Heart disease is a very serious illness that affects millions of Americans. It’s also the #1 cause of death in the United States, according to Medical News Today. Thousands of people die each year of heart attacks and heart disease.
Many more people survive heart attacks, fortunately. However, that doesn’t mean they’re out of the woods. A study out of the University of Alberta and Emory University concluded that 15% of people who survive heart attacks develop post-traumatic stress disorder, better known as PTSD.
What Is PTSD?
According to the American Psychological Association (APA), PTSD is a physical and emotional reaction to trauma. Once upon a time, people used to call it “combat fatigue” or “shell shock.” About 3.5% of adults in the United States develop PTSD in their lifetime. Women suffer from PTSD more than men, two to one.
Symptoms of PTSD
People who have PTSD exhibit myriad symptoms, and not everyone will have all of them. That said, post-traumatic stress disorder sufferers will often have nightmares or flashbacks about the traumatic event. They experience strong emotions, like anger, fear and sadness.
They tend to avoid situations that remind them of the PTSD-inducing incident. However, they may have intrusive thoughts about the experience, making it impossible to avoid the subject all together. PTSD also makes some sufferers detach from others. Finally, stimuli, like being touched or loud noises, however accidental, may trigger a reaction.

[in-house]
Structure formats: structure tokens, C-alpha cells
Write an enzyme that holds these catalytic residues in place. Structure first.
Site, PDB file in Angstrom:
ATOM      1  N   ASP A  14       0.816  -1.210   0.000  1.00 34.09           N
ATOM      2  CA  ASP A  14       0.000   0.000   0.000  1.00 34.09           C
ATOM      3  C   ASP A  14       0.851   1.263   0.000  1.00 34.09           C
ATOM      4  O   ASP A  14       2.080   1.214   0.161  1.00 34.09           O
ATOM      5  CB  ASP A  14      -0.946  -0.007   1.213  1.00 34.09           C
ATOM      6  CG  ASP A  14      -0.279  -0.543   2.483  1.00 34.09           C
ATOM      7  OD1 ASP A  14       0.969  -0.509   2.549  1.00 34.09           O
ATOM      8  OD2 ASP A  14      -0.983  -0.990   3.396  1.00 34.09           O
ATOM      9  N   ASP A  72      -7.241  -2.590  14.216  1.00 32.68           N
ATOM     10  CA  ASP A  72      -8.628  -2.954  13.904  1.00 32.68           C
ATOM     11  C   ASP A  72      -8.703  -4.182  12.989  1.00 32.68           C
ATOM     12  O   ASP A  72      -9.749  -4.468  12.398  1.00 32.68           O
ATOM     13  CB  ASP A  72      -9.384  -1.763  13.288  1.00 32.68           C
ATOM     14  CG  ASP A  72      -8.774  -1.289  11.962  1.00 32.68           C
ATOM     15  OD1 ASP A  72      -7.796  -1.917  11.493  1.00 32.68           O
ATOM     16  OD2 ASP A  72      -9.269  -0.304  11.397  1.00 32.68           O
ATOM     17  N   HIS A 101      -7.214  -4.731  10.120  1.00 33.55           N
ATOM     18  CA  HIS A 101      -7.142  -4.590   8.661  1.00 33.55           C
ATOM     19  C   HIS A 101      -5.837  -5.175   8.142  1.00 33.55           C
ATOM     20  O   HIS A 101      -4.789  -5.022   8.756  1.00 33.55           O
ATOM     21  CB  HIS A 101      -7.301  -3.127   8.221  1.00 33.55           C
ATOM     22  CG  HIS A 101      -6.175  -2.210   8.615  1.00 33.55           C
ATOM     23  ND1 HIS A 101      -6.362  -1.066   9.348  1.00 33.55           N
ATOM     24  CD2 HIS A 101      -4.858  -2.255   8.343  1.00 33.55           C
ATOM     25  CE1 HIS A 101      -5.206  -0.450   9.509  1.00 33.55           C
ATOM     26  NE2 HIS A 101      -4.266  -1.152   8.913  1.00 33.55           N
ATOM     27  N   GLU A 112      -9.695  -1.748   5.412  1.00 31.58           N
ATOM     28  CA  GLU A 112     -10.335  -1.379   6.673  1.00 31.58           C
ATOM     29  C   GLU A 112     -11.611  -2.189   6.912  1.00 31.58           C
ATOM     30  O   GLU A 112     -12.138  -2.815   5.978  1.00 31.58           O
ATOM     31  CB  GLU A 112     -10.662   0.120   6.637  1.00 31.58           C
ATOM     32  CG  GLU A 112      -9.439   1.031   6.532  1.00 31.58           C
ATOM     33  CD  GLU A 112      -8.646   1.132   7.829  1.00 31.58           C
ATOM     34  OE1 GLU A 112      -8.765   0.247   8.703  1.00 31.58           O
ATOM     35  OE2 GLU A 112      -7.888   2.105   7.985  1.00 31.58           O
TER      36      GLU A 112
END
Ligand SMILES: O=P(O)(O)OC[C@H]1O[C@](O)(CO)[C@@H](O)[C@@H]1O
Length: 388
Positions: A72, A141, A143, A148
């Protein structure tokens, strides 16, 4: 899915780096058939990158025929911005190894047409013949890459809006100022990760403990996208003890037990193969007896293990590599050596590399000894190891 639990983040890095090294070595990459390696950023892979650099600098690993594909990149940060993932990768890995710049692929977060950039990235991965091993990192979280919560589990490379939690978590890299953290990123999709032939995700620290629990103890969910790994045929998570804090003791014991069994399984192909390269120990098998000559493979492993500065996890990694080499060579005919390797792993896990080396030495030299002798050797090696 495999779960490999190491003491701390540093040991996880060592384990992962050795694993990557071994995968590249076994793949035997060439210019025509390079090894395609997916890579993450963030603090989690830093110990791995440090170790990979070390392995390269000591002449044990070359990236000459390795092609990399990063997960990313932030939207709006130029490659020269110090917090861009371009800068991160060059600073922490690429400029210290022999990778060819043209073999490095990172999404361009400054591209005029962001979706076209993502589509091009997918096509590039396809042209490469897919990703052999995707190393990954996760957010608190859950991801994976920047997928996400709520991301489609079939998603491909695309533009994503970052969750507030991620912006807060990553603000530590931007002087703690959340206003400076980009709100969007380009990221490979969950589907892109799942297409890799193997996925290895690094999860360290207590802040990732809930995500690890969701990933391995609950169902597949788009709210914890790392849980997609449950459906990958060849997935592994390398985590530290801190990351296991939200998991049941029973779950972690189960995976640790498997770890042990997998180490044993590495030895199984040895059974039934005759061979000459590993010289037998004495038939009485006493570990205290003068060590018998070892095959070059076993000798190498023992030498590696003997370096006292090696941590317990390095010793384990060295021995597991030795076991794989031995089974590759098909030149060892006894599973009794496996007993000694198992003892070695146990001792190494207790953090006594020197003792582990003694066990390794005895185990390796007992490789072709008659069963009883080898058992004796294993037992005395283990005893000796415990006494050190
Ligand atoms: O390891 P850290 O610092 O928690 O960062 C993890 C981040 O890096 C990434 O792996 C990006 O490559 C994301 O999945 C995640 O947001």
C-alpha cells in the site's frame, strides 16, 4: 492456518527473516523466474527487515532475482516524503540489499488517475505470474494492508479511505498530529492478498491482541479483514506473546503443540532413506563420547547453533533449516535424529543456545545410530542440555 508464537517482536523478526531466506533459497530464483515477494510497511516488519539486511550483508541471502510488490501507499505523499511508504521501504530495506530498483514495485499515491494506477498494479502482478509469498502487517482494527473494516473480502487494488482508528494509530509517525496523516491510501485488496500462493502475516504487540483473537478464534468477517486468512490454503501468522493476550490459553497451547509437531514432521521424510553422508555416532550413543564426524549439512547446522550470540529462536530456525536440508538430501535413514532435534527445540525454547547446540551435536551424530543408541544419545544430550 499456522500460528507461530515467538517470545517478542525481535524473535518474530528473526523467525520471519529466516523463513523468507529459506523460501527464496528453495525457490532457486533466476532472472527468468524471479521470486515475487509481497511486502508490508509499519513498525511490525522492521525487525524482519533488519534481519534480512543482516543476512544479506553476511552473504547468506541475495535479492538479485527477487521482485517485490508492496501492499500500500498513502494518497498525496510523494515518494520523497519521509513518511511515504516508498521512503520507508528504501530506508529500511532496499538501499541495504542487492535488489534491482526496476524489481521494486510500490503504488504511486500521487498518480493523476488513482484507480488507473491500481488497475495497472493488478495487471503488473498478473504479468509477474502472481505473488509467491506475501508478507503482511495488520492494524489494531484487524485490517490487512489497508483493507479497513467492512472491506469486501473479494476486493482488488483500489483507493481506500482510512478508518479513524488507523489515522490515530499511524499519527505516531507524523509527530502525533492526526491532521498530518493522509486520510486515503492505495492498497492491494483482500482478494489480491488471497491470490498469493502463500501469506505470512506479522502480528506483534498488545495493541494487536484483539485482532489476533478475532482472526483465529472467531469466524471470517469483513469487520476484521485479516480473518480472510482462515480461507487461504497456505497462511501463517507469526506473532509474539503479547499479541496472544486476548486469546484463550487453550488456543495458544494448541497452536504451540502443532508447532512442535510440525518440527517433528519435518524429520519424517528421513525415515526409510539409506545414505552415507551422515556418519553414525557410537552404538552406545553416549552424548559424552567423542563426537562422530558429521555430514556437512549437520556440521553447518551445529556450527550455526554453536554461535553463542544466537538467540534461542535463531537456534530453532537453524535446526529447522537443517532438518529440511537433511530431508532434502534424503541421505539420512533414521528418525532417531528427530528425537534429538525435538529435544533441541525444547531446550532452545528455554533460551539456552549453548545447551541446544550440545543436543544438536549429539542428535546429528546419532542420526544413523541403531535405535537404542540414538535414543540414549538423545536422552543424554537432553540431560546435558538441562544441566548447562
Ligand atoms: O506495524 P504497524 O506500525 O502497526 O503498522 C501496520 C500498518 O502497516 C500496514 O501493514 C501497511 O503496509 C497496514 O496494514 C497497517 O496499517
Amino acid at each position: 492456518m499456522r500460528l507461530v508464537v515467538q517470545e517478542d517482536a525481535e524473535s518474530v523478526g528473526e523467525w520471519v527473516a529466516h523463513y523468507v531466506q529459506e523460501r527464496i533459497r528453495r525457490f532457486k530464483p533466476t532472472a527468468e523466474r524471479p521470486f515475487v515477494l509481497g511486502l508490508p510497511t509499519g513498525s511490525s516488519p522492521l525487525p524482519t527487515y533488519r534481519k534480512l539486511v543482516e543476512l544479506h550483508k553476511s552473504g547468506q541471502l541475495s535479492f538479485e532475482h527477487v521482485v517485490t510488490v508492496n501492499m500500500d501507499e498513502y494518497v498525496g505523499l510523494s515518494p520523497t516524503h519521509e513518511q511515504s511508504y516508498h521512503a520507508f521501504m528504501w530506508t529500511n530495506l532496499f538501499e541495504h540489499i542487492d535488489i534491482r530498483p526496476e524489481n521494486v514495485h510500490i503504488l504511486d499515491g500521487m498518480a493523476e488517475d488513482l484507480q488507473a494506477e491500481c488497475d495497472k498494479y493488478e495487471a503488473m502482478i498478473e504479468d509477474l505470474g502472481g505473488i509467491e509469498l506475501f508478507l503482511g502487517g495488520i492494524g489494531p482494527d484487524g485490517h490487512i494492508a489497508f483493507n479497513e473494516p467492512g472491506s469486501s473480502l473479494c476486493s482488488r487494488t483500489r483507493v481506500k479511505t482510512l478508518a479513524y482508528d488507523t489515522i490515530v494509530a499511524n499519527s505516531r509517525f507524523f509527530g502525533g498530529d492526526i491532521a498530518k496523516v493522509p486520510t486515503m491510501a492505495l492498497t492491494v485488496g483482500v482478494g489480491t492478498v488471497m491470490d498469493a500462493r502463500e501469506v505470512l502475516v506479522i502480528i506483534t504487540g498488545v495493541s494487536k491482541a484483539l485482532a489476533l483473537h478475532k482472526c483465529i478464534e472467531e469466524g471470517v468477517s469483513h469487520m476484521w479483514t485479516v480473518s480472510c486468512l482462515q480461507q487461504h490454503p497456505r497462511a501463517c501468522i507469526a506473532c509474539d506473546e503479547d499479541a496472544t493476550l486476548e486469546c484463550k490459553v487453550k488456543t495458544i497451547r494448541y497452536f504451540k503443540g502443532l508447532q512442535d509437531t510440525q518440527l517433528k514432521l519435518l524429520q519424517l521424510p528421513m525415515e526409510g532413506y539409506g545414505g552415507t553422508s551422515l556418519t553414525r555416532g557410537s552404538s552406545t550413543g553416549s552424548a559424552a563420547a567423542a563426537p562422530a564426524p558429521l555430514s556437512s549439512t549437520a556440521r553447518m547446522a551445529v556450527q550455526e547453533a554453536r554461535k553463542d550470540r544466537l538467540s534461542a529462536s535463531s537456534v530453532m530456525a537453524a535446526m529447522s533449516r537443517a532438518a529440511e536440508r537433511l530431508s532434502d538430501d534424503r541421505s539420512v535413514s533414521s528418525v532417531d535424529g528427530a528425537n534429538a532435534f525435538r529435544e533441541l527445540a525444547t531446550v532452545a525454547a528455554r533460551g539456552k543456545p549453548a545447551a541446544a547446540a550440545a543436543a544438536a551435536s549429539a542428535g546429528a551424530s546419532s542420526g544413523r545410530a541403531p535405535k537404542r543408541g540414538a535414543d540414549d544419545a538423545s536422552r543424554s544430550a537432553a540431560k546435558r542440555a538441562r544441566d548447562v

What Kind of Events Cause PTSD?
Traumatic events, both direct and indirect, can cause PTSD. Direct Events would be events that a person experiences first hand, like being raped, living through war, experiencing interpersonal violence or being fired from a job. This list isn’t exhaustive. Rather, it’s meant to give people an idea of the types of direct events that can cause the disorder.
Indirect events are events that people experience indirectly, like hearing about a loved one dying in a violent way, listening to a recount of a traumatic event or watching traumatic events on TV. Many first responders, like doctors, firefighters or police officers, get PTSD over the course of time because they’re repeatedly exposed to the trauma of others.